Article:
To State the Obvious
by James D. Howell
Borrowing from Patrick Henry’s comments in 1775, “Gentlemen may cry peace, peace – but there is no peace.” 1 Why is that so true today? If asked whether they wanted war or peace, almost every human alive would express a preference for peace; but war is a predominant theme in today’s current events and in the history of humanity. A species that continually does that which it wants not to do must have serious flaws in its psychology. Those flaws may be so deeply ingrained that they cannot be remediated. However, to comply with Apollo’s “Know Thyself” advice at his temple at Delphi, we should consider what those flaws are.
Before considering why there is no peace, what is peace? Webster defines peace as a state of tranquillity or quiet, freedom from civil disturbance or war, public order or security, harmony in personal relations, or freedom from fears, agitating passions or moral conflict. 2 Most people like peace.
General Carl von Clausewitz gives a basic definition of war: “War therefore is an act of violence intended to compel our opponent to fulfil our will.” 3 Later in his first chapter, titled “What Is War?”, he clarifies that “our will” is the political object of the War. 4 War is politics carried into the realm of violence and force. At the end of the chapter, von Clausewitz points out that the nature of the political object is driven both by emotions of hatred and animosity and by purely rational considerations such as desire for a province. 5
In addition to this classic definition of war that von Clausewitz recorded a few years after Waterloo, other forms of warfare are regularly employed to worsen the situation of one party to induce conformance to the will of another party. Currency manipulation, financial sanctions, trade embargoes, international debt, and cyber-attacks are used to attempt to coerce changes in the behaviour of nations.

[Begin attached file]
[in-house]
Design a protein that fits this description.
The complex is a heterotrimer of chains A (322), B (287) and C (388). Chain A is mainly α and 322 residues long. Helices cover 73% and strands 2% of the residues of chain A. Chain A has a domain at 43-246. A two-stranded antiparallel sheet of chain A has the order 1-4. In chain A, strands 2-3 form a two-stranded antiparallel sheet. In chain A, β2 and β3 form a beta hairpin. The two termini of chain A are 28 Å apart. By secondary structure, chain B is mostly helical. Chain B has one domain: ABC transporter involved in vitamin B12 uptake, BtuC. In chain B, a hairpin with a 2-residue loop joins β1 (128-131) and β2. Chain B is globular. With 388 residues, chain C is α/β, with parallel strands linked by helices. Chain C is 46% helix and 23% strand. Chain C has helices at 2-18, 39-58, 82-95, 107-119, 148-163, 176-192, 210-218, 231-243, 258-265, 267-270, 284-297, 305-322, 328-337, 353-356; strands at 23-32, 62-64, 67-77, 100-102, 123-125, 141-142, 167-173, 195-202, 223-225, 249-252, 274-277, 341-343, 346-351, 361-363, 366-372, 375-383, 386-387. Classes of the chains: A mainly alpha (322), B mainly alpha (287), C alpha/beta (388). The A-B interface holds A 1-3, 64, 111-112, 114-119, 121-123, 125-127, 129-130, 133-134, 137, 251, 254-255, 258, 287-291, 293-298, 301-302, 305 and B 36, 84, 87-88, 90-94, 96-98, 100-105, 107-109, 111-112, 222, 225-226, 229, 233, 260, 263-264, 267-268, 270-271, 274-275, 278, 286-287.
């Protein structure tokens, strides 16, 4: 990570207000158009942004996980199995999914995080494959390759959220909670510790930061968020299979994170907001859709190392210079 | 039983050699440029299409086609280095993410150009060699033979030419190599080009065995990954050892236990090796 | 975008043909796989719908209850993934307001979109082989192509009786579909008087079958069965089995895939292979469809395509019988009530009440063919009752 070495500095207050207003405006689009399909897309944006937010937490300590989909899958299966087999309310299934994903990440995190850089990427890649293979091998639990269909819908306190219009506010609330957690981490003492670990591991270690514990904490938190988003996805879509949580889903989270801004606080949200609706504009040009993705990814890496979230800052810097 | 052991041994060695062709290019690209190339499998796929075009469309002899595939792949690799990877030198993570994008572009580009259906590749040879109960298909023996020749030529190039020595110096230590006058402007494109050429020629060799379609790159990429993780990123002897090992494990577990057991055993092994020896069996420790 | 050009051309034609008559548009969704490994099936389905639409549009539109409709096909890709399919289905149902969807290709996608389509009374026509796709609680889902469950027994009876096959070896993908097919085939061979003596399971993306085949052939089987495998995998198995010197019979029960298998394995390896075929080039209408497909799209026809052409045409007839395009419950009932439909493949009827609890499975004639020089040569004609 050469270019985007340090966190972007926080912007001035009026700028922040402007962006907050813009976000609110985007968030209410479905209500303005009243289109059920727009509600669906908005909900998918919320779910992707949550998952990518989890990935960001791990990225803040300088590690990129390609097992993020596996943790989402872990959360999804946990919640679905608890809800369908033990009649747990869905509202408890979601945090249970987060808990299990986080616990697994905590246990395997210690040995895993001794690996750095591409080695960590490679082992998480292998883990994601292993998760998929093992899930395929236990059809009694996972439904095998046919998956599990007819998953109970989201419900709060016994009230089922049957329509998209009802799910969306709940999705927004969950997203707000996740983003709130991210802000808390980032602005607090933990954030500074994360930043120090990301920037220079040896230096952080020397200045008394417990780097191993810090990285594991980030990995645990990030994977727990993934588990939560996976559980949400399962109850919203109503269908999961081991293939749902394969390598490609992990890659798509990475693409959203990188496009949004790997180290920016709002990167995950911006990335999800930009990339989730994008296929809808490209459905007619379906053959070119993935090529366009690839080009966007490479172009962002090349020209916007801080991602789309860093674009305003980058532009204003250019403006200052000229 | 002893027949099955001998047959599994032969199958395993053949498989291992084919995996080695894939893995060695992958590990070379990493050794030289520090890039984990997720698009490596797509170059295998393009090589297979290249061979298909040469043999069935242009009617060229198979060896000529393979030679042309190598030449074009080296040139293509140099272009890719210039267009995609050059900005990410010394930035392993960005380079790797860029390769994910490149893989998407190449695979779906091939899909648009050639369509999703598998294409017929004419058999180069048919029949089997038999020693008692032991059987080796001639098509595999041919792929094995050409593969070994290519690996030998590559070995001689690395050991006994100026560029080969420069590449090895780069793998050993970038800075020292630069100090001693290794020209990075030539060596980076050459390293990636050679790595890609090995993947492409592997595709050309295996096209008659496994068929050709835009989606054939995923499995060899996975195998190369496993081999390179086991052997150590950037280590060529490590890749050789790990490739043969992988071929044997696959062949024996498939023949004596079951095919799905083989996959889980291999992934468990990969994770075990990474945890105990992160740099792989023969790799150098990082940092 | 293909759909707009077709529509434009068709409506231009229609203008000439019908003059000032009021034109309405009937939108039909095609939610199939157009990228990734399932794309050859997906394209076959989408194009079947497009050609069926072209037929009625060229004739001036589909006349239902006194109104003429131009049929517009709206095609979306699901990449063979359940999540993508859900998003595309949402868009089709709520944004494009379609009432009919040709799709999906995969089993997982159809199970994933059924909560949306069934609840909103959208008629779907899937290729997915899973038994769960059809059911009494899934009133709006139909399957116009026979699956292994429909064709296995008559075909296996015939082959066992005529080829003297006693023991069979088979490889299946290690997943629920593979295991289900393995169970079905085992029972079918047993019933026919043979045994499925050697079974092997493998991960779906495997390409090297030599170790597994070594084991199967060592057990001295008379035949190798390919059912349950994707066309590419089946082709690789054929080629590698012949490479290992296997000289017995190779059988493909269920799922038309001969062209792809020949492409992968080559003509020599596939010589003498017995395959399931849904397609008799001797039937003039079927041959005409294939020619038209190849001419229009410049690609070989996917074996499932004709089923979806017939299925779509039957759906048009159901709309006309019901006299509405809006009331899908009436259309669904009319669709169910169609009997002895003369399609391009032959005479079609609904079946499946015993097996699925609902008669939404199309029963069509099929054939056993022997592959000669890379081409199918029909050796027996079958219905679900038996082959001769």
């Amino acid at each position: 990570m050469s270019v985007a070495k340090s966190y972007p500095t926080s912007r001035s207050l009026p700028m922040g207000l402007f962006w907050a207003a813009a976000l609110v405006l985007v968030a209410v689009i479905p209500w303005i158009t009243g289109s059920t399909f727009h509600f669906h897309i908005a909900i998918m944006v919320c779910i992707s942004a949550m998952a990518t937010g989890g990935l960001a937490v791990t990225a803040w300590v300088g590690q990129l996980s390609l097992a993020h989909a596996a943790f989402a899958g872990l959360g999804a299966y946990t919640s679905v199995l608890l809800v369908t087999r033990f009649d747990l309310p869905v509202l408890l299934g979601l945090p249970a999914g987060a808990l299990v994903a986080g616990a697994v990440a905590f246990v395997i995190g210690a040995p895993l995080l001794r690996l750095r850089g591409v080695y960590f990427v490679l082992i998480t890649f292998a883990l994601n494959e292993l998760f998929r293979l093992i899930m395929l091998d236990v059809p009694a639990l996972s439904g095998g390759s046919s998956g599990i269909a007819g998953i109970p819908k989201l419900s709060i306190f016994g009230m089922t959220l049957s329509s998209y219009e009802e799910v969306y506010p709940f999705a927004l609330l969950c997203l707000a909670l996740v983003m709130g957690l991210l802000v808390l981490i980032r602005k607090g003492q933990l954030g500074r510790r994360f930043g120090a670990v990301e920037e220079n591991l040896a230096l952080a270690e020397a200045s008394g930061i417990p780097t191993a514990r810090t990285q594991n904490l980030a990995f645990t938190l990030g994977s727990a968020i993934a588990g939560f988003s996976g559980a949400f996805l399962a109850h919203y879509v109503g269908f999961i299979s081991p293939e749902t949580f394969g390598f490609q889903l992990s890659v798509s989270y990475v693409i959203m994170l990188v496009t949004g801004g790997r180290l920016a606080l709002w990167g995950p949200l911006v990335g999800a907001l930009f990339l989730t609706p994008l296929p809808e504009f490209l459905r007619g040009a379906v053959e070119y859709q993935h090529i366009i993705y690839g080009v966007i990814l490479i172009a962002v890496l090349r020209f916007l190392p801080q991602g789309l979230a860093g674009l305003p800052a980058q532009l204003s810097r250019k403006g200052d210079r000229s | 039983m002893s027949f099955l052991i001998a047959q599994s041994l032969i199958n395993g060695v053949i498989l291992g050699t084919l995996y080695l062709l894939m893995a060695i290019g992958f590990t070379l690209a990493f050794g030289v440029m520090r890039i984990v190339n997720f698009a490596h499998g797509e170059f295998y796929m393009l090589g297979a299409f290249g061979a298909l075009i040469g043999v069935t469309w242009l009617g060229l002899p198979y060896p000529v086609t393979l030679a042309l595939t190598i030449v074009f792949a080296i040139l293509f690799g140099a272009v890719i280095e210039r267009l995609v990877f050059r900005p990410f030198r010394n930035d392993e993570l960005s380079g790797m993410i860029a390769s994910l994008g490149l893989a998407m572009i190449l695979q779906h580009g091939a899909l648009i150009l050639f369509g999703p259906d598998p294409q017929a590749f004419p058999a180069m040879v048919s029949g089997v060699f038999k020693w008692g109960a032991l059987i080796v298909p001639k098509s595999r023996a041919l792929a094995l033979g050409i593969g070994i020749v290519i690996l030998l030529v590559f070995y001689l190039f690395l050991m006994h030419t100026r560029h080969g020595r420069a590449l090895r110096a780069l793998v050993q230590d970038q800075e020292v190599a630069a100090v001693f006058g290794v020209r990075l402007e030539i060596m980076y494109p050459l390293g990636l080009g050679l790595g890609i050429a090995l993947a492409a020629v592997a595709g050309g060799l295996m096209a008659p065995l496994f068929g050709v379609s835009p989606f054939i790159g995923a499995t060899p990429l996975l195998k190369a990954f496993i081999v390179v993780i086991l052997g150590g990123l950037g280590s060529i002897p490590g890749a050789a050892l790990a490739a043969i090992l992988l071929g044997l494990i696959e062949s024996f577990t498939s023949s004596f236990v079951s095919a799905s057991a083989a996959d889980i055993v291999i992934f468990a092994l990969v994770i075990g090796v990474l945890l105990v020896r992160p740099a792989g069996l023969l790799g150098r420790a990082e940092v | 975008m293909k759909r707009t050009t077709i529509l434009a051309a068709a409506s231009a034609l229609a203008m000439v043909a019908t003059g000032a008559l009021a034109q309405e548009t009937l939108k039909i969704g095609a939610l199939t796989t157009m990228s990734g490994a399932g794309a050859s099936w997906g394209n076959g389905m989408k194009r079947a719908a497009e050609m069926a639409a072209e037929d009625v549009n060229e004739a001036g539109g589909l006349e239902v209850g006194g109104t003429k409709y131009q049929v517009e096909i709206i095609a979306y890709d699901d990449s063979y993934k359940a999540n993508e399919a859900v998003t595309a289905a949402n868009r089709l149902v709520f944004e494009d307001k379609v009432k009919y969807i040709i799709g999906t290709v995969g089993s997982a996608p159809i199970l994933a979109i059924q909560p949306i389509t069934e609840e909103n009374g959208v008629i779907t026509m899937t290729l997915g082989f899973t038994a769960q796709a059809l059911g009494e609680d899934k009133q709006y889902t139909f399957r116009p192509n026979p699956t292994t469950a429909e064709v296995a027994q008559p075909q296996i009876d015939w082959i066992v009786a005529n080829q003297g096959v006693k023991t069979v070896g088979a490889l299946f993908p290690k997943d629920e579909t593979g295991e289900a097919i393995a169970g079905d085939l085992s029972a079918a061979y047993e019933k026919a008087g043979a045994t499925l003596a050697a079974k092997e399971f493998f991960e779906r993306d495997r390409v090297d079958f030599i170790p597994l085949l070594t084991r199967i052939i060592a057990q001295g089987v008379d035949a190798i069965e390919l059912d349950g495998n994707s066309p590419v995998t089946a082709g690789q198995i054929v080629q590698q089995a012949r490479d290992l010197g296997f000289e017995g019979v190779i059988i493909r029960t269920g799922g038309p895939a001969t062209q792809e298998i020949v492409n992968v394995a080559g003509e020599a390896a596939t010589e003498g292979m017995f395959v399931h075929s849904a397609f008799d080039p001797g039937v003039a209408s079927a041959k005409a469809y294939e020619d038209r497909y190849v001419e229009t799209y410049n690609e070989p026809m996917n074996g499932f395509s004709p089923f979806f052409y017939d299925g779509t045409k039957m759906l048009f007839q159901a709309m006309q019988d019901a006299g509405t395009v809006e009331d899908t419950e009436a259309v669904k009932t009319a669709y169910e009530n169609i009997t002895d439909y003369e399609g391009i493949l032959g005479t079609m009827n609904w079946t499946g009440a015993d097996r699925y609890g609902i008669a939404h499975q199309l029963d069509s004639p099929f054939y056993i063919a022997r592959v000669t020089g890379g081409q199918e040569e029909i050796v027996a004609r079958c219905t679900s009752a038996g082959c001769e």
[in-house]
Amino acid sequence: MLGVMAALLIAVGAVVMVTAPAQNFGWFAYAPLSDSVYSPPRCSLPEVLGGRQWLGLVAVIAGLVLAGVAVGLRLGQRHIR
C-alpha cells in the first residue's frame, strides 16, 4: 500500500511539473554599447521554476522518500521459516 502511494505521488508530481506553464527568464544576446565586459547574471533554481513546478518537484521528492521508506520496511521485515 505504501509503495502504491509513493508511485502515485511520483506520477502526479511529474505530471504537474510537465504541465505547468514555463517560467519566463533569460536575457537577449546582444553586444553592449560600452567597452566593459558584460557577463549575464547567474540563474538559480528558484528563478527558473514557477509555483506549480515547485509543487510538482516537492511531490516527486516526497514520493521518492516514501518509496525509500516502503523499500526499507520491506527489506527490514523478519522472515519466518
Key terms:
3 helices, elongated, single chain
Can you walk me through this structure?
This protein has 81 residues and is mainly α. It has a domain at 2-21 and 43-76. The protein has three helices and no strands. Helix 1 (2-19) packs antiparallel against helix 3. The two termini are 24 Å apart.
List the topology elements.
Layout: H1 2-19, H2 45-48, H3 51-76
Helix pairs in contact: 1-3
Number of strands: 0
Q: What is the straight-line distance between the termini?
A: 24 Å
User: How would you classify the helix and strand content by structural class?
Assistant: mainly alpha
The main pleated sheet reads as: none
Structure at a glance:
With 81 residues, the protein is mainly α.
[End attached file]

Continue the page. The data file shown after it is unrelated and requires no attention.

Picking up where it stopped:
The Causes of War cake can be sliced several different ways, but some of the major human flaws that cause wars can be categorized as: greed, poverty and overpopulation, lust for power, fear, and cultural issues such as basic human nature (competitive instinct, excessive machismo, prejudice), ingrained militarism, religion and literature. False assumptions about the other party and miscommunication between governments frequently make situations worse than they need to be. Eruption of these flaws into death and destruction is facilitated by a moral double-think pervasive in most cultures – while individuals are almost universally condemned for individual murder, vandalism and theft, governments doing those same crimes as acts of war is generally accepted.
Presumably, every mentally competent adult in the world knows that the results of war are death, physical and psychological maiming, and destruction of wealth and the environment. However, in the developed nations, most citizens have not personally experienced war, so they hold it in lighter regard than they would if they knew more about it. War is an abstraction rather than a concrete misery.
I spent most of 1970 as an artillery lieutenant in Viet Nam. Even though my tour was much less traumatic than that of many others, I do believe that the experience gives me better insight into the evils of war than I would have had otherwise. Therefore, before getting into the causes of war and what we might do to reduce warfare on the planet, allow me to indulge in some personal war stories… To read the entire piece, please click on the Pdf link below…